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Ludum Dare 27
Ludum Dare 26

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Over 100 Ratings!

Posted by
Tuesday, May 7th, 2013 9:11 pm

Thank you everyone who rated my game. Just surpassed 100 today! Yay!

And if you haven’t yet, now’s a good time to try this awesome-hard rhythm game I made. =)

100 Games Later… Some Favorites/Highlights!

Posted by
Tuesday, April 30th, 2013 11:48 pm

Woo, got to 100 games played and rated. It’s a lot of fun, but also a lot tougher than expected since I like giving some useful feedback to each game’s creator(s). Didn’t succeed on all counts, but I think I did a pretty good job.

Anyway, I guess I’m not the first one doing this but I think I’ll celebrate my 100 games mark with a little highlight reel of my favorite games so far!


True Treasure of Kartoffelschloss

Of the 100 games I played, at least 5 of them had the “you lose an ability/item after each level” mechanic as the core minimalism thread in the game. This game executed it amazingly well. At first it looks like a decent platformer with bad wall jumping, but once you get through a few levels it becomes very deep and one of the funniest and most emotional games I’ve played this LD.


Follow The Line

Very simple and polished one-button game. Challenging and frustrating, just like a one-button game should be. It’d probably make a very good mobile game.



Puzzle game where you find the center of mass of a shape. I felt like I’ve seen the idea before but nevertheless it’s still damn original and the execution is great.


Be The Wind

Not so much a game, more a fun little zen garden. You swoosh around, plant trees, make the procedurally generated trees swoosh around, and smile. Found this one on Reddit, actually.


Gods Will Be Watching

The gorgeous LucasArts adventure style graphics is the least impressive thing about this survival adventure. You are stranded on a planet and you have 30 days to get out. In the meantime you have to manage crew morale, food, fix a radio, and generally not get killed by one of the many things that want to kill you. It’s reminiscent of Oregon Trail, if Oregon Trail involved decisions like “should I kill off the mom who is infected with a deadly alien virus so everyone else can eat her rations?”.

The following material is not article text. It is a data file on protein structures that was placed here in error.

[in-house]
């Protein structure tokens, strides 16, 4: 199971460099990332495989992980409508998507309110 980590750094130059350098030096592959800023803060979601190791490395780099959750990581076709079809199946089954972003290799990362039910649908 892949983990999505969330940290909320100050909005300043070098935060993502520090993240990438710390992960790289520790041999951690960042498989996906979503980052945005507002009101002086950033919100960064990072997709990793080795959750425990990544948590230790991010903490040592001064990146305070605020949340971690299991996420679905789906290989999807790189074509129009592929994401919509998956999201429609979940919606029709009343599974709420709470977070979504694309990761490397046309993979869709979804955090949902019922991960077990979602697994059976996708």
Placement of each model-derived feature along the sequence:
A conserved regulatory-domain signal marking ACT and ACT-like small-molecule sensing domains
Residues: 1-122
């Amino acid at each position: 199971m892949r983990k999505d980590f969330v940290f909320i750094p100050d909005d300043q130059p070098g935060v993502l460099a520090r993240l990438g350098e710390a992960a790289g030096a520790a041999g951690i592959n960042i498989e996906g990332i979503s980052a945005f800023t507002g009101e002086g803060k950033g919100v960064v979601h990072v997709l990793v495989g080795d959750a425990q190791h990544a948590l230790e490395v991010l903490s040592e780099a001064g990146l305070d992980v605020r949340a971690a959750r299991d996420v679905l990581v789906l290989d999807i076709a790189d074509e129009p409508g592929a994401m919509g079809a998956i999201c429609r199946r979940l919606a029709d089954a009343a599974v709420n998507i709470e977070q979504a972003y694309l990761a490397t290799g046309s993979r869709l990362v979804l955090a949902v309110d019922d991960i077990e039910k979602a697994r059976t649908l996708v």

Unfortunately, my Unity Player decided to completely crap out on me this last week, so I haven’t played any of the Unity games yet. Hopefully I’ll be able to do that soon because some of these Unity games look damn good!

Oh here have a shameless plug of my own game. My favorite comment so far is that it’s almost as mean as Super Hexagon. =)

Post-Compo Facepalm Moment

Posted by
Monday, April 29th, 2013 5:57 pm

So my game, Canon, is a fast-paced rhythm action game where you control 4 player characters and making tight synchronized jumps in sequence. What would be really bad is if the obstacles each player character faced were somehow desynchronized do the jumps become even tighter and almost impossible.

And that’s what happened in one of the levels because I forgot that 0 is a number. Turns out that since I made that level last (I made and tested the hardest levels before it) I was good enough to pass it even with a bug that made the jumps extra challenging, so I didn’t even notice it.

But that’s not the facepalm moment! The thing that made me feel dumb is that I’ve actually fixed the bug three hours before deadline (after I uploaded the original game and had someone comment on the unexpected difficulty of that level) and compiled everything. I just forgot to upload it!

So I hope that uploading, a day after the deadline, a fix I made before the deadline is cool.


Canon – My LD 26 Solo Entry

Posted by
Sunday, April 28th, 2013 3:01 pm

Woo. I’m finally done with my first Ludum Dare entry! The game is called Canon. You can find the LD entry here.

shot1 shot2 shot3

Screenshots don’t really convey the game very well. You can watch a gameplay video I made of some of the later levels. Or just play the game on Kongregate. (I’m doing a couple more rounds of bug testing before submitting it to LD.)